“I’m really grateful that I’ve managed to be able to keep my foot in both worlds. I’m just trying to very strategically make sure that everyone’s happy. I mean it would be nice to be able to drop the two albums at the same time but I thought that might be a bit too confusing,” he says, finishing this explanation with a sly chuckle.
So now that we’re all up to speed, it’s time to discuss ‘In The World Of Light’. It’s a suggestive title, one that instantly conjures up images, and it’s not surprising to learn that the title itself acted as the album’s inspiration.
“When you hear that title it’s quite a positive, uplifting, almost enlightening way to look at something. That’s the kind of vibe I wanted to come across. In Maoridom you have Te Ao Marama, which is the world of light, which is what we’re living in right now, it’s the present time.
“Another outlook is that sometimes you’ll see things one way, and then two or three days later, or a week later, you’ll see that same thing but in a different light, and it looks completely different. That’s what I want people to hear in the album. When you first hear it you’ll hear this, when you second hear it you’ll hear something different, and when you third hear it you’ll hear something completely different. It’s all about what you hear at that present time, and because of what you’re feeling at that present time you’ll pick up different things from the music. There’s a lot of different meanings behind it.”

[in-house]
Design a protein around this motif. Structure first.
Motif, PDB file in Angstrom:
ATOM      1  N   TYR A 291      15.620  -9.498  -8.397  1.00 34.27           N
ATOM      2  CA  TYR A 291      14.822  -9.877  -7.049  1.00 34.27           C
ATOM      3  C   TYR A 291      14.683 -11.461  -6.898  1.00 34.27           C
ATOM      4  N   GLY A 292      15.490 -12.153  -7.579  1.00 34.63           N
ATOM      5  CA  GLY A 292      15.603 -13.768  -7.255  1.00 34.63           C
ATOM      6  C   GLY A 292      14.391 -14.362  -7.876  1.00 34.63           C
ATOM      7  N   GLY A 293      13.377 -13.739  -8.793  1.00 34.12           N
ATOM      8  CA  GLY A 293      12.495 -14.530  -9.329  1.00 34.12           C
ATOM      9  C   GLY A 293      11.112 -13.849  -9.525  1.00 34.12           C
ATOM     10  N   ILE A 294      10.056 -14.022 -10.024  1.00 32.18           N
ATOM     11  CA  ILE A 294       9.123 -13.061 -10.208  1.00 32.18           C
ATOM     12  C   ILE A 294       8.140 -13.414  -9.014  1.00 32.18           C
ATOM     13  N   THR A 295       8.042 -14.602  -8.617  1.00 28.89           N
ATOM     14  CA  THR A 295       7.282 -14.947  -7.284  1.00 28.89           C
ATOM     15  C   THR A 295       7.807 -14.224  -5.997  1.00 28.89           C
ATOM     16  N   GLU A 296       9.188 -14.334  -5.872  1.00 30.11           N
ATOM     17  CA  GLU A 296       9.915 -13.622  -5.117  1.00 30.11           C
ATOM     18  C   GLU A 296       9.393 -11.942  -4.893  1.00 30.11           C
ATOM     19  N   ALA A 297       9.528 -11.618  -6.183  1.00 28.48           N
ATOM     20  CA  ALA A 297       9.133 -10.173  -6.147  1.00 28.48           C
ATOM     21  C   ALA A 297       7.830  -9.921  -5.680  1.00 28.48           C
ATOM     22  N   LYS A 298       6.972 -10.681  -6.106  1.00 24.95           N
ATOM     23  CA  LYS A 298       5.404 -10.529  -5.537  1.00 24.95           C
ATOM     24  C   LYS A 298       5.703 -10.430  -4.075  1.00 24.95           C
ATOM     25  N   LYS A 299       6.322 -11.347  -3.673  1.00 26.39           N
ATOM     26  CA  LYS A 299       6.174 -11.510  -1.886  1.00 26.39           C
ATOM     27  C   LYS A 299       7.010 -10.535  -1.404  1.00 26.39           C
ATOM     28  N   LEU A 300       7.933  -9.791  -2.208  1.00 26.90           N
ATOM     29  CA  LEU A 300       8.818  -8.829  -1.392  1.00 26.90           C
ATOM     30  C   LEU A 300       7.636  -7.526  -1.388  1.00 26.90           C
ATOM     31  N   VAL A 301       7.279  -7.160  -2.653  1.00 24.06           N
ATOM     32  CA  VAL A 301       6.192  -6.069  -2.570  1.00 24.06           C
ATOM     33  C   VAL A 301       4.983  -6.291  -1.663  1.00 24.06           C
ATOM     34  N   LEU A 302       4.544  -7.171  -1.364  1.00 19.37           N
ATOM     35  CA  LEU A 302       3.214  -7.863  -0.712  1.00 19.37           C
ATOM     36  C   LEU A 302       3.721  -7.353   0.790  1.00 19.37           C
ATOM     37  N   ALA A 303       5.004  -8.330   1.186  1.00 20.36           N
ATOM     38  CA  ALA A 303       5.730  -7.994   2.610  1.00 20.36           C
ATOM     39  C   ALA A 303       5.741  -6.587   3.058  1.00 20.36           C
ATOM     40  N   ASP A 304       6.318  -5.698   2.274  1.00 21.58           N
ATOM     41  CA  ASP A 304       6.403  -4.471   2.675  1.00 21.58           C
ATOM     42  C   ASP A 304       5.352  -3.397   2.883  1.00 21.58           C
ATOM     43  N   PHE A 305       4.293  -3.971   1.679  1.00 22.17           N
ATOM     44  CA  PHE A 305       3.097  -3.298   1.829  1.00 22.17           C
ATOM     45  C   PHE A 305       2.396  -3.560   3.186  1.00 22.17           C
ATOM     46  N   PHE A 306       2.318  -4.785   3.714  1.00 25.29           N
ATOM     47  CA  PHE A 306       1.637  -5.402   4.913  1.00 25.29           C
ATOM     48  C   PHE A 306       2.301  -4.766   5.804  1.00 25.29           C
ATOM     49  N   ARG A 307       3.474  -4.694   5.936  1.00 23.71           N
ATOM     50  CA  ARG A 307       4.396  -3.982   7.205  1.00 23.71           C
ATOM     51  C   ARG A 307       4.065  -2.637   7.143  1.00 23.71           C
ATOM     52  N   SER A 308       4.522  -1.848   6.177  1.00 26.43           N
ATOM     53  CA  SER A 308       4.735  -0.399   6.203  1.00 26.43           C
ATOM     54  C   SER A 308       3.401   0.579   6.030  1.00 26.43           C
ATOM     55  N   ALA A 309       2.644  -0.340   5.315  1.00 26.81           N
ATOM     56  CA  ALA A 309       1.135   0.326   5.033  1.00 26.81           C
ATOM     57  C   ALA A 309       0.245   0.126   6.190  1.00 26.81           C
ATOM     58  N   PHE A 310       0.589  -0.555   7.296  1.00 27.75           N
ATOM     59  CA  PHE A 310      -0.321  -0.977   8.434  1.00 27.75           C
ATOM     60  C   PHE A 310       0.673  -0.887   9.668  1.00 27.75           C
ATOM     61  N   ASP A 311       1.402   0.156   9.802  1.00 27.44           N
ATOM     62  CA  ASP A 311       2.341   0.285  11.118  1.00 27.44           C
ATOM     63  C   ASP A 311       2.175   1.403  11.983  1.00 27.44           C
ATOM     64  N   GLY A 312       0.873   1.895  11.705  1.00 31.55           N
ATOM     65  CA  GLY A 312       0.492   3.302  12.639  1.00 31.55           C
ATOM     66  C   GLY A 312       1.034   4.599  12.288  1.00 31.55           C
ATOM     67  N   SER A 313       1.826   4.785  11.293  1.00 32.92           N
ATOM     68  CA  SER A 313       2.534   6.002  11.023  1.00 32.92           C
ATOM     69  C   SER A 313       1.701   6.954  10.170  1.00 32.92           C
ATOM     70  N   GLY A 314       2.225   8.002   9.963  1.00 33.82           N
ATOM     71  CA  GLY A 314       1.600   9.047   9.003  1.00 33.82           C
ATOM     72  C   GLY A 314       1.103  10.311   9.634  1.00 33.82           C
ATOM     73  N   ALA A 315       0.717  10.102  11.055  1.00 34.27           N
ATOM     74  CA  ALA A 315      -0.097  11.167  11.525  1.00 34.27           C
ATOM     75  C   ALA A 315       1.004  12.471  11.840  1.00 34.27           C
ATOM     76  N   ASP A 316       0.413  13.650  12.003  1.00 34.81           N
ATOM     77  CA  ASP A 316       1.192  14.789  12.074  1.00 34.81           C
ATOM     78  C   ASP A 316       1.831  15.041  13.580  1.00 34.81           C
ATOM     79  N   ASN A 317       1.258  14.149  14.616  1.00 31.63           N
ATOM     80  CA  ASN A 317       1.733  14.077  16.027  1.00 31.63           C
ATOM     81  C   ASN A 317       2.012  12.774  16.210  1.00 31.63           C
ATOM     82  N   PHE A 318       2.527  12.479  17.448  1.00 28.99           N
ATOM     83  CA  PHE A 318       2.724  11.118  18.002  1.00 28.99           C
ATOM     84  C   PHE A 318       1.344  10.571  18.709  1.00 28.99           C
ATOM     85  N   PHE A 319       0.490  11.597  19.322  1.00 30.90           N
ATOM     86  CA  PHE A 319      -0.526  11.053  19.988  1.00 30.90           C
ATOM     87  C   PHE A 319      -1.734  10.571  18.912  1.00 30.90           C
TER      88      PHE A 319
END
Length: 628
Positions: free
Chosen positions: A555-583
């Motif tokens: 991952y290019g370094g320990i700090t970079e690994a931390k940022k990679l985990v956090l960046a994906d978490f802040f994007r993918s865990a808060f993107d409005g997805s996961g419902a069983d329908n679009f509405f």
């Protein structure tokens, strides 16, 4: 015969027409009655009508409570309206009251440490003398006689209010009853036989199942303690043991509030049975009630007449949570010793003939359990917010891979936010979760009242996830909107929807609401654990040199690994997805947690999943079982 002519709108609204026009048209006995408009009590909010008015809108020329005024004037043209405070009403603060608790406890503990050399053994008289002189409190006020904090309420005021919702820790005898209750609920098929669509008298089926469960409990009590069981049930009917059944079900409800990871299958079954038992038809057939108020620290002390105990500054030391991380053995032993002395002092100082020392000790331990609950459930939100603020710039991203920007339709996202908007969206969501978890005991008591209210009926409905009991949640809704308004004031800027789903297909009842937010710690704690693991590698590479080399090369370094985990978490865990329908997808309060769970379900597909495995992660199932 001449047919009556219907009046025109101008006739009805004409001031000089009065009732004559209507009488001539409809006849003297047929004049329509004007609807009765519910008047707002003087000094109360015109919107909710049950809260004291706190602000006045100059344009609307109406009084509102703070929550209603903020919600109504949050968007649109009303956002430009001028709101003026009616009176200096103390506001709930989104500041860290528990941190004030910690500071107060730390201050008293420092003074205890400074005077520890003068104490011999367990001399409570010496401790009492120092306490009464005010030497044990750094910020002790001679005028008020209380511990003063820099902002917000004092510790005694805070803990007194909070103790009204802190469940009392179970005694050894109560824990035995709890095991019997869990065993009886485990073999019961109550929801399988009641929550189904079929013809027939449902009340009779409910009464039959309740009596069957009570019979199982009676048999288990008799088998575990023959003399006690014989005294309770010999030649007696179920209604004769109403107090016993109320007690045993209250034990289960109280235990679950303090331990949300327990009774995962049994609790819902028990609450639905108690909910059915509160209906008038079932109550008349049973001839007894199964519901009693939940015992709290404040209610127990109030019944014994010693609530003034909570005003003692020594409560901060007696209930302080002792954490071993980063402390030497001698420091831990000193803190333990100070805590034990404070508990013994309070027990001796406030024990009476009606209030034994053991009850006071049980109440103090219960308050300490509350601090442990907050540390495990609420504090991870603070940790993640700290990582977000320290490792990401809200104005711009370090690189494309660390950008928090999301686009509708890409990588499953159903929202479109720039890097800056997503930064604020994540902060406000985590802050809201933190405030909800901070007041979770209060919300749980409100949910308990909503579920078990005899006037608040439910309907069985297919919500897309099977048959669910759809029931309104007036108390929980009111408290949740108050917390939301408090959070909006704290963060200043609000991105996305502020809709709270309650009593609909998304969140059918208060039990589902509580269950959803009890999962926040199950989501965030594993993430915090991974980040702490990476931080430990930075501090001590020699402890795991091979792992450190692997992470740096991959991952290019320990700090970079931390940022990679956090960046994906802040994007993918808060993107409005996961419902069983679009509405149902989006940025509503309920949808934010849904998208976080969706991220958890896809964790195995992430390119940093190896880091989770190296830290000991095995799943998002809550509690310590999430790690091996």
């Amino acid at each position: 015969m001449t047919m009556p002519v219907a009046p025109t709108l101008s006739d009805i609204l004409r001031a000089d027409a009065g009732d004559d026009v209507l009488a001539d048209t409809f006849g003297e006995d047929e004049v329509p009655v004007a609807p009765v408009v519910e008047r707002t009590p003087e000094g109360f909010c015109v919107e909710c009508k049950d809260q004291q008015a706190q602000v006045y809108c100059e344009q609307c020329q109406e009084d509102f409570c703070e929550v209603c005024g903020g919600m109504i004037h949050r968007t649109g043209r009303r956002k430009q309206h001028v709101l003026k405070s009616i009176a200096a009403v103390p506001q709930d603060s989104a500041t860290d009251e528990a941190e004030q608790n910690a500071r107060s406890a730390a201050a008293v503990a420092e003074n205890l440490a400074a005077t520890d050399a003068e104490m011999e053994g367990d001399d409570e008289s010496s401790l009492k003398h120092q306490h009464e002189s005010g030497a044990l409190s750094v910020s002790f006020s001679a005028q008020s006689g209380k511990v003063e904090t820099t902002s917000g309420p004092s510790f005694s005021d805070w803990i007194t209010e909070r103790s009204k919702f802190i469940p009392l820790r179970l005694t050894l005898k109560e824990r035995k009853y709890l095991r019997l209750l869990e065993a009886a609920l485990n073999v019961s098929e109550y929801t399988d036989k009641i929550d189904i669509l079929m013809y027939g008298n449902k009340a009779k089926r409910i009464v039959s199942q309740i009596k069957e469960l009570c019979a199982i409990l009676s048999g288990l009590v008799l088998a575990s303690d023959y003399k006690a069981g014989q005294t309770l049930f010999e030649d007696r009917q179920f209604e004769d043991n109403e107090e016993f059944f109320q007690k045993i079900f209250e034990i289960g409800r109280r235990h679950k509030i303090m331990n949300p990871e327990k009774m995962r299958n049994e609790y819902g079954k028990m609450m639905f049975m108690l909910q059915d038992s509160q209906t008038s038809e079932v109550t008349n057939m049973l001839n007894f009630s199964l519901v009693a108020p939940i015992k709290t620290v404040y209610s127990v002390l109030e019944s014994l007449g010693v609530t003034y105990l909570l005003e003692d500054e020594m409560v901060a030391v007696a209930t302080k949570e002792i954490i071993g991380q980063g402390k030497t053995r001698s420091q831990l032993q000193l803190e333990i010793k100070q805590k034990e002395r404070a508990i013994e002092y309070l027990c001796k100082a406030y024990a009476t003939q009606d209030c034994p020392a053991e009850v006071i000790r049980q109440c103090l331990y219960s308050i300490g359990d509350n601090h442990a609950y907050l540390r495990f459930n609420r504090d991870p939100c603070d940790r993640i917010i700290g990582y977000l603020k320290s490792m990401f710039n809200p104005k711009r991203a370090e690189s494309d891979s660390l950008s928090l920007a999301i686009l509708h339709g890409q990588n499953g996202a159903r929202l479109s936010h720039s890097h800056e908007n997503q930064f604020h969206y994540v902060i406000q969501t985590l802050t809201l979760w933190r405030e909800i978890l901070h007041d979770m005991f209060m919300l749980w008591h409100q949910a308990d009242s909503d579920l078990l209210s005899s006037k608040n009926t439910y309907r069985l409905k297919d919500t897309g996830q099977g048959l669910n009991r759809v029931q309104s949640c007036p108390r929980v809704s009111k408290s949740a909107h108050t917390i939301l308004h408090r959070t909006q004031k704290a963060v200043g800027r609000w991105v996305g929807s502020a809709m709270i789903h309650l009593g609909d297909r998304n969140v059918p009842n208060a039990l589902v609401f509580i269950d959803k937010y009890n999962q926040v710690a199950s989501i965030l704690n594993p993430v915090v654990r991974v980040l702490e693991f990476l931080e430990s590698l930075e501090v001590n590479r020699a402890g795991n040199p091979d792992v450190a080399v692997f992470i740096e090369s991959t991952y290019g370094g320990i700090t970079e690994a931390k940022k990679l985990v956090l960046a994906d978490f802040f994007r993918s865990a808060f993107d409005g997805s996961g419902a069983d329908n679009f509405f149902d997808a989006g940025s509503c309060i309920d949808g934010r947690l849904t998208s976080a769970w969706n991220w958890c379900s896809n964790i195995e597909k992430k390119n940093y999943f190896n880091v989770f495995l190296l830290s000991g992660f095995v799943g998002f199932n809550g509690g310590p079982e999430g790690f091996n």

This idea of things changing in the light – or with regards to music changing depending on your mood – is an incredibly tricksy musical feat, but one he’s amply pulled off. Getting that kind of emotional ambiguity happening is no easy task. At its most simplistic, major chords make you feel happy and minor chords make you feel sad. So on a purely mechanical level what chords do you use to write a song that expresses both these emotions depending on the variable state of mind of the listener? And on an artistic level, how do you go about creating a suitably shifting palette for the listener to emote their own ever-changing moods onto? Both great questions. Wish I’d asked them…